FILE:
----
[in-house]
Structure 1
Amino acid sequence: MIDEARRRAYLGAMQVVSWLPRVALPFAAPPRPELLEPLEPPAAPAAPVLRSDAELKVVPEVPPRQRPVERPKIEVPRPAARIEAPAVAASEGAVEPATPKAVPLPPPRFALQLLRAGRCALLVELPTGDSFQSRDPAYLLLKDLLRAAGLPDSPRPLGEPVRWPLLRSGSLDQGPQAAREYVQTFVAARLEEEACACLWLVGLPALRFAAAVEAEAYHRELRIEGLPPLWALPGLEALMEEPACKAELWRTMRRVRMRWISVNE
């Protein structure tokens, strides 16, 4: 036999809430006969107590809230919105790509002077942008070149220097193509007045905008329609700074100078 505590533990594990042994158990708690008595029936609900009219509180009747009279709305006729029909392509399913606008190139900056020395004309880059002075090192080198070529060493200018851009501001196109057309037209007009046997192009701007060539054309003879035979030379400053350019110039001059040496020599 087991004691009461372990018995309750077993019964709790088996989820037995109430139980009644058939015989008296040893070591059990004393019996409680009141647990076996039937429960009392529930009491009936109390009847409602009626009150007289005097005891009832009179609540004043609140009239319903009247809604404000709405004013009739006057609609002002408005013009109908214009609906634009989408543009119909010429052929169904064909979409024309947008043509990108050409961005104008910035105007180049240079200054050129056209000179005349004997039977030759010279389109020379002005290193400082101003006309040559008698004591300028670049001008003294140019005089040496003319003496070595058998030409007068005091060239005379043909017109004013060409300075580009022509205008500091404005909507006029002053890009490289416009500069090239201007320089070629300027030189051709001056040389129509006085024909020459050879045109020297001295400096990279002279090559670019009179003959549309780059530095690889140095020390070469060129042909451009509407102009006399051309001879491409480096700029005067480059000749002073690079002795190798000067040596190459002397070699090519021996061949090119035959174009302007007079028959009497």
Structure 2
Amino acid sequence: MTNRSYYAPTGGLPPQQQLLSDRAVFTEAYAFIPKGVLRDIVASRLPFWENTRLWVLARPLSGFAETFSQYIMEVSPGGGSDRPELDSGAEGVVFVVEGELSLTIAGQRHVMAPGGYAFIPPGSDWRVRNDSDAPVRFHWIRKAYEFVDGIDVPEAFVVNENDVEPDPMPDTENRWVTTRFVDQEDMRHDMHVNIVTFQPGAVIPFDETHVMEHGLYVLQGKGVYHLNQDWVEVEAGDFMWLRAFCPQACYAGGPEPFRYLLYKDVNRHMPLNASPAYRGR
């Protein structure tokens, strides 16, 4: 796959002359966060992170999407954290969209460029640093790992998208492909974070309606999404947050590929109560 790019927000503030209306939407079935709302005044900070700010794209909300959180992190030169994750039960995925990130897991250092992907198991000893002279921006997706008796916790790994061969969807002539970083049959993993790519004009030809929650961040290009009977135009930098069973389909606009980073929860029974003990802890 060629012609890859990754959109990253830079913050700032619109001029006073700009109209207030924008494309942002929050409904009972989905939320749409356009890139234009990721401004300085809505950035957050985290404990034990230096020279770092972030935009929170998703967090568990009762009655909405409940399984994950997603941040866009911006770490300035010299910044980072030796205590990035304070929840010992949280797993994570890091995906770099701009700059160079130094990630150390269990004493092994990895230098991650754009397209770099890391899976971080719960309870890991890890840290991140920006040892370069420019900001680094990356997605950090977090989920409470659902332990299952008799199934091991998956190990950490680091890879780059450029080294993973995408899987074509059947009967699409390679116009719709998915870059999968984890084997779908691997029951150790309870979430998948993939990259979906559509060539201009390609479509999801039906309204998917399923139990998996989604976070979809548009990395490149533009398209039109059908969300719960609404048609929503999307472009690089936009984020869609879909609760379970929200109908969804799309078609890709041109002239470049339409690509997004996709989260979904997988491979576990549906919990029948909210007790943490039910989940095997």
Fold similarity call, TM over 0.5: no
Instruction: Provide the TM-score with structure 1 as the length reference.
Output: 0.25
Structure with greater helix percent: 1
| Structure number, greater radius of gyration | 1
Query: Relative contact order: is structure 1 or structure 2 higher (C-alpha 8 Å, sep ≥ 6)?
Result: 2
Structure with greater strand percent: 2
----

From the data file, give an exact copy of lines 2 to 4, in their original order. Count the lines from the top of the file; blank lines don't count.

Structure 1
Amino acid sequence: MIDEARRRAYLGAMQVVSWLPRVALPFAAPPRPELLEPLEPPAAPAAPVLRSDAELKVVPEVPPRQRPVERPKIEVPRPAARIEAPAVAASEGAVEPATPKAVPLPPPRFALQLLRAGRCALLVELPTGDSFQSRDPAYLLLKDLLRAAGLPDSPRPLGEPVRWPLLRSGSLDQGPQAAREYVQTFVAARLEEEACACLWLVGLPALRFAAAVEAEAYHRELRIEGLPPLWALPGLEALMEEPACKAELWRTMRRVRMRWISVNE
């Protein structure tokens, strides 16, 4: 036999809430006969107590809230919105790509002077942008070149220097193509007045905008329609700074100078 505590533990594990042994158990708690008595029936609900009219509180009747009279709305006729029909392509399913606008190139900056020395004309880059002075090192080198070529060493200018851009501001196109057309037209007009046997192009701007060539054309003879035979030379400053350019110039001059040496020599 087991004691009461372990018995309750077993019964709790088996989820037995109430139980009644058939015989008296040893070591059990004393019996409680009141647990076996039937429960009392529930009491009936109390009847409602009626009150007289005097005891009832009179609540004043609140009239319903009247809604404000709405004013009739006057609609002002408005013009109908214009609906634009989408543009119909010429052929169904064909979409024309947008043509990108050409961005104008910035105007180049240079200054050129056209000179005349004997039977030759010279389109020379002005290193400082101003006309040559008698004591300028670049001008003294140019005089040496003319003496070595058998030409007068005091060239005379043909017109004013060409300075580009022509205008500091404005909507006029002053890009490289416009500069090239201007320089070629300027030189051709001056040389129509006085024909020459050879045109020297001295400096990279002279090559670019009179003959549309780059530095690889140095020390070469060129042909451009509407102009006399051309001879491409480096700029005067480059000749002073690079002795190798000067040596190459002397070699090519021996061949090119035959174009302007007079028959009497």